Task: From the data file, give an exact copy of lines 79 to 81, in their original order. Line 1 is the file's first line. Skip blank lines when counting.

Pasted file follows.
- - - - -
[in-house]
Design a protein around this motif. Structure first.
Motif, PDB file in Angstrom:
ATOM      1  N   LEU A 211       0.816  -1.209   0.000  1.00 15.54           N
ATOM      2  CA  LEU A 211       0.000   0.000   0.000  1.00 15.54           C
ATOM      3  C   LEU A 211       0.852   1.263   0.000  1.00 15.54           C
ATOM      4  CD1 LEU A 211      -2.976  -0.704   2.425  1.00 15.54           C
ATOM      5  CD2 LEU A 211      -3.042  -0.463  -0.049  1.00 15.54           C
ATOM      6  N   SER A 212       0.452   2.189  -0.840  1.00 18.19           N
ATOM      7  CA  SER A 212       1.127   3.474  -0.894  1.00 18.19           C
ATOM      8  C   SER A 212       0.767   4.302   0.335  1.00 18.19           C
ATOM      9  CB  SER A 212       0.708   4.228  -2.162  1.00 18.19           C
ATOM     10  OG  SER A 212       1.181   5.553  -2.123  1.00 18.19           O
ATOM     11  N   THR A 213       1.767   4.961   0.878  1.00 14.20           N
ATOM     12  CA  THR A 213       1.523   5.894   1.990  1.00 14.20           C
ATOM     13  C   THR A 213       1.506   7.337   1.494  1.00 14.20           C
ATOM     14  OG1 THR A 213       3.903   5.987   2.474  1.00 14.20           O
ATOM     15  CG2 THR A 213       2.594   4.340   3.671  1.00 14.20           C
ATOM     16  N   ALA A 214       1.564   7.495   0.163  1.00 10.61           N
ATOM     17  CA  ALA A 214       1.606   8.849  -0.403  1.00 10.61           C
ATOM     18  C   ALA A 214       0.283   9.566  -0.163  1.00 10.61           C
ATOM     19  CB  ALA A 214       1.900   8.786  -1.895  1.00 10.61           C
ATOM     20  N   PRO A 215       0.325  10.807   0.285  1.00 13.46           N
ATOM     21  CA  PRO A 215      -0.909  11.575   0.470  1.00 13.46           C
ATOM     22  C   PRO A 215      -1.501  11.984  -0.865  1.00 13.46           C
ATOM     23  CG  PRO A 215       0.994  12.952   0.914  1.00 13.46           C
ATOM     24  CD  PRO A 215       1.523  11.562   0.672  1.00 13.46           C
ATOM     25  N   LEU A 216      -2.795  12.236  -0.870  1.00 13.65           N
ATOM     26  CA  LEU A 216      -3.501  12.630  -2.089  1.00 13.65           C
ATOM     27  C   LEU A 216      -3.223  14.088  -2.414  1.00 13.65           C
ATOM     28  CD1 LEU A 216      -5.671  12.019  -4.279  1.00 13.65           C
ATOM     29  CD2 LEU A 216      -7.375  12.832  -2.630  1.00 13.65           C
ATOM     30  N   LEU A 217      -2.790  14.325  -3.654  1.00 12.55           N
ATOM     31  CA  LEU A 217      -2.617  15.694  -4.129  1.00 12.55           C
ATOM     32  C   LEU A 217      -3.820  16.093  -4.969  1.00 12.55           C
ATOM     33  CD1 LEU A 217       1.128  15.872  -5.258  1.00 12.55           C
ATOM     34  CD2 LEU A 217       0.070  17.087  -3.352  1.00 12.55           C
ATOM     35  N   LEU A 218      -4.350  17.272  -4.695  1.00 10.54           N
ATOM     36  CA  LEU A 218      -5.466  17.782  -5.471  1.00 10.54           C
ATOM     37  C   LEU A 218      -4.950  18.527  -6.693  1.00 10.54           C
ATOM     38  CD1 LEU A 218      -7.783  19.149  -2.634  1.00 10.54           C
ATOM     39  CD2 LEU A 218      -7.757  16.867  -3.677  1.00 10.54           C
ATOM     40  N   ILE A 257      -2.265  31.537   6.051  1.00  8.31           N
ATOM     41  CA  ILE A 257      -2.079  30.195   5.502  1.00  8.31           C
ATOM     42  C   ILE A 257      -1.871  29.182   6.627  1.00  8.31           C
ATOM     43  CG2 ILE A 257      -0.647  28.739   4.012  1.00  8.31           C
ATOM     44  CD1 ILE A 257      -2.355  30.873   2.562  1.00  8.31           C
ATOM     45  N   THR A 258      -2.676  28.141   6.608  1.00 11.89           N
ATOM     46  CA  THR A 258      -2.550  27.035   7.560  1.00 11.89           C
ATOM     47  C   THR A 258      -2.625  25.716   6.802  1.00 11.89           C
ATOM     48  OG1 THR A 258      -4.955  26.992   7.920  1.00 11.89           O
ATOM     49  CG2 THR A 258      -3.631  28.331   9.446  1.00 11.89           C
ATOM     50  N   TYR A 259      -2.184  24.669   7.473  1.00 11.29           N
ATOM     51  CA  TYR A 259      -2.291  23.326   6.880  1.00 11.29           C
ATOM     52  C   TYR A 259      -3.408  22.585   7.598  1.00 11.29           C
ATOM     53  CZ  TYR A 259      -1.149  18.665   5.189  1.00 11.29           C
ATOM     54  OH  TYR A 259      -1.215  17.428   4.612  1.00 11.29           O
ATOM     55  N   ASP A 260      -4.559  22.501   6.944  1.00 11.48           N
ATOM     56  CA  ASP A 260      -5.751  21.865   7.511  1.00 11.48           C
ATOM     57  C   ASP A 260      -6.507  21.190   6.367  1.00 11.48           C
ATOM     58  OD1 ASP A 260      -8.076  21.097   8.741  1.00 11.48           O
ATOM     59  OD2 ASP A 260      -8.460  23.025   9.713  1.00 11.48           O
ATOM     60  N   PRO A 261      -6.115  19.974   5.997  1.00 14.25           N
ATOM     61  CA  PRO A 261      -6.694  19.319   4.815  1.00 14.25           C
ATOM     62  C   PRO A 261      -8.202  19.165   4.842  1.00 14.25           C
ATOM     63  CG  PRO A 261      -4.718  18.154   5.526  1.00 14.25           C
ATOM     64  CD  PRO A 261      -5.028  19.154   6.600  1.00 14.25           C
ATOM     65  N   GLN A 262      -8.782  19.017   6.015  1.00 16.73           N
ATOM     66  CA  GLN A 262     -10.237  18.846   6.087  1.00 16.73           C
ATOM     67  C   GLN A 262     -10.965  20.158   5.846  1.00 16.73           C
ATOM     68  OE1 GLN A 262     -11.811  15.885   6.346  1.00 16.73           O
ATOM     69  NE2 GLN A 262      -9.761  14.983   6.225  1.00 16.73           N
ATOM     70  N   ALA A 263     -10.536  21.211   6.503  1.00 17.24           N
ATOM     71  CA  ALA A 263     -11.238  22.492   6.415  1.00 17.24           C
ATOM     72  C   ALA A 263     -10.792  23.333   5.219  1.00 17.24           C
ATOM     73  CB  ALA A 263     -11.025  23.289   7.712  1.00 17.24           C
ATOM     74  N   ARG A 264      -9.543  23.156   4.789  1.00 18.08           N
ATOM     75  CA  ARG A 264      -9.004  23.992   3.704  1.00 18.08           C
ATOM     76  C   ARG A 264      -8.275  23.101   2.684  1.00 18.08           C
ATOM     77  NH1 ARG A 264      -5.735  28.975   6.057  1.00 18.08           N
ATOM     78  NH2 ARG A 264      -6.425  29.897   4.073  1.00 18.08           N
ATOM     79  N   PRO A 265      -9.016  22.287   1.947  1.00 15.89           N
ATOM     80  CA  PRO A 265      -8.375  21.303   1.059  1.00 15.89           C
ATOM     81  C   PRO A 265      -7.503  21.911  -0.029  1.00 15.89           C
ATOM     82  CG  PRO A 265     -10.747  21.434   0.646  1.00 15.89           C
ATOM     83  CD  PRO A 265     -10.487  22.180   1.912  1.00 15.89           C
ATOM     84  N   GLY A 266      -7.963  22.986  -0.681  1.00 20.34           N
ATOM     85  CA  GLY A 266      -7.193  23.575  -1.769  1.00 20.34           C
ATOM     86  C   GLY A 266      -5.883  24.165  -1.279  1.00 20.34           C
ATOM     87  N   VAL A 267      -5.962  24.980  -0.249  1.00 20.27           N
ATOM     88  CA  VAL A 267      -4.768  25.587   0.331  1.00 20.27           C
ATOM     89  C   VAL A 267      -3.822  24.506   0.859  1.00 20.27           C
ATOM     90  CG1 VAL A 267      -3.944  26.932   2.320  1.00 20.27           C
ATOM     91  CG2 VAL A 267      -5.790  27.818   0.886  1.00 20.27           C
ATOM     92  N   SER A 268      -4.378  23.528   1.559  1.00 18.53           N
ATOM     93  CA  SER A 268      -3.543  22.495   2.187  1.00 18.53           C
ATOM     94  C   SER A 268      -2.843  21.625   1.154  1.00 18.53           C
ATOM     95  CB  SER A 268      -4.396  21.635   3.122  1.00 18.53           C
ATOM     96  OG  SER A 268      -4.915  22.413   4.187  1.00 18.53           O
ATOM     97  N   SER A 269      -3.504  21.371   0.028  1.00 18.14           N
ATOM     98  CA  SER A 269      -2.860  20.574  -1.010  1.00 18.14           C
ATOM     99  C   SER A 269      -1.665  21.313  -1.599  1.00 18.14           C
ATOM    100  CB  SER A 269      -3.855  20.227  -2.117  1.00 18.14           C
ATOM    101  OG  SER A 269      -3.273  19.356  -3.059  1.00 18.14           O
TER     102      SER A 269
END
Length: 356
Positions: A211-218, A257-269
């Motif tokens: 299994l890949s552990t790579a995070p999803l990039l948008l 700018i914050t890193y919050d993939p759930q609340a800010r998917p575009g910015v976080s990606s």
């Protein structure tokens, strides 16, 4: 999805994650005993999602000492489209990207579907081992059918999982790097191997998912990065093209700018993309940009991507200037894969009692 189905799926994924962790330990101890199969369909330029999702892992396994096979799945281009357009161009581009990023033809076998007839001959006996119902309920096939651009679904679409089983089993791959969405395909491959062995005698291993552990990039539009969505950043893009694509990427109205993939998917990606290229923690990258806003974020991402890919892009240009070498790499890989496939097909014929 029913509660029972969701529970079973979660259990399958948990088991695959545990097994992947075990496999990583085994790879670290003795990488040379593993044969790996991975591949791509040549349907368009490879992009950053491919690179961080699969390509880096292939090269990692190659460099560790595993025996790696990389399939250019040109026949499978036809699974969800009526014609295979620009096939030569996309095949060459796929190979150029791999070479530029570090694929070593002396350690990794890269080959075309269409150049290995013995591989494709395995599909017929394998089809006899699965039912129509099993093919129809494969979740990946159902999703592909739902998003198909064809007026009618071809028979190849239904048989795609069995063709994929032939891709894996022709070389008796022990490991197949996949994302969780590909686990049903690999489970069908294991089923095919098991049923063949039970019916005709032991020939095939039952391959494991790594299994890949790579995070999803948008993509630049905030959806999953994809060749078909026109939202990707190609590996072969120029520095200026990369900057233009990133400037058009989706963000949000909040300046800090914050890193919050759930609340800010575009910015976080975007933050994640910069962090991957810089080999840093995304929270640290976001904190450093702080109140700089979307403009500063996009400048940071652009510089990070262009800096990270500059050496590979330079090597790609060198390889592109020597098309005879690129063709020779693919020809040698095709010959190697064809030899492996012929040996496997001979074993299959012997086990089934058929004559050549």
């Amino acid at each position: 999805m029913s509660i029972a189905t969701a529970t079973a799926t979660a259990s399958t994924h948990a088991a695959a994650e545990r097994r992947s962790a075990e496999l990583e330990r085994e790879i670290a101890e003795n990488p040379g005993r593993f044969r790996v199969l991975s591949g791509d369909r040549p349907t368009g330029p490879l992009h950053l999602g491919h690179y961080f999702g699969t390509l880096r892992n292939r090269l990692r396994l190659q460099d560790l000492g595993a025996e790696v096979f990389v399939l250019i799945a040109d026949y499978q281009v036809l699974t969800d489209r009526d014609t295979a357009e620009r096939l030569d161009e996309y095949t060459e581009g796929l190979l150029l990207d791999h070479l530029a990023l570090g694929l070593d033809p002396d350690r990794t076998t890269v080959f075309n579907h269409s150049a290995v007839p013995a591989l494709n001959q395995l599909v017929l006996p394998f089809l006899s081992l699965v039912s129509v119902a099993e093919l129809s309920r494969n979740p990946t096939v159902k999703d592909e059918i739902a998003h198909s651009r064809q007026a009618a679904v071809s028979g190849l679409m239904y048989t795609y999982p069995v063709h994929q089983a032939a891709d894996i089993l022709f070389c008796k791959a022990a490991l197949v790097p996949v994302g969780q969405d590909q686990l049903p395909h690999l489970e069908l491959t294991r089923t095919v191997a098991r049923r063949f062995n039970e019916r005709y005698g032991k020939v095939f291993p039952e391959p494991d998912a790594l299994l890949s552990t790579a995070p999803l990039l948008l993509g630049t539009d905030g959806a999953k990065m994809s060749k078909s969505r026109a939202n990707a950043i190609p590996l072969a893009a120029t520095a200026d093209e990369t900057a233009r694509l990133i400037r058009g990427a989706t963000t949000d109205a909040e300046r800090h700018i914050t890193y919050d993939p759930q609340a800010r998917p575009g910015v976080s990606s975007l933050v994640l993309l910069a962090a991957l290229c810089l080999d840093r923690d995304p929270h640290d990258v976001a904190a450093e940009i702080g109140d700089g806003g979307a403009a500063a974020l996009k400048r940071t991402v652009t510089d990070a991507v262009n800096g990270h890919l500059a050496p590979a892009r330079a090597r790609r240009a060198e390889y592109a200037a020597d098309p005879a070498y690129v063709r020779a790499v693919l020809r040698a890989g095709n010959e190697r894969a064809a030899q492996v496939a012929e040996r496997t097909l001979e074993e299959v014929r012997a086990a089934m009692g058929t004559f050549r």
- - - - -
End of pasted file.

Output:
ATOM     76  C   ARG A 264      -8.275  23.101   2.684  1.00 18.08           C
ATOM     77  NH1 ARG A 264      -5.735  28.975   6.057  1.00 18.08           N
ATOM     78  NH2 ARG A 264      -6.425  29.897   4.073  1.00 18.08           N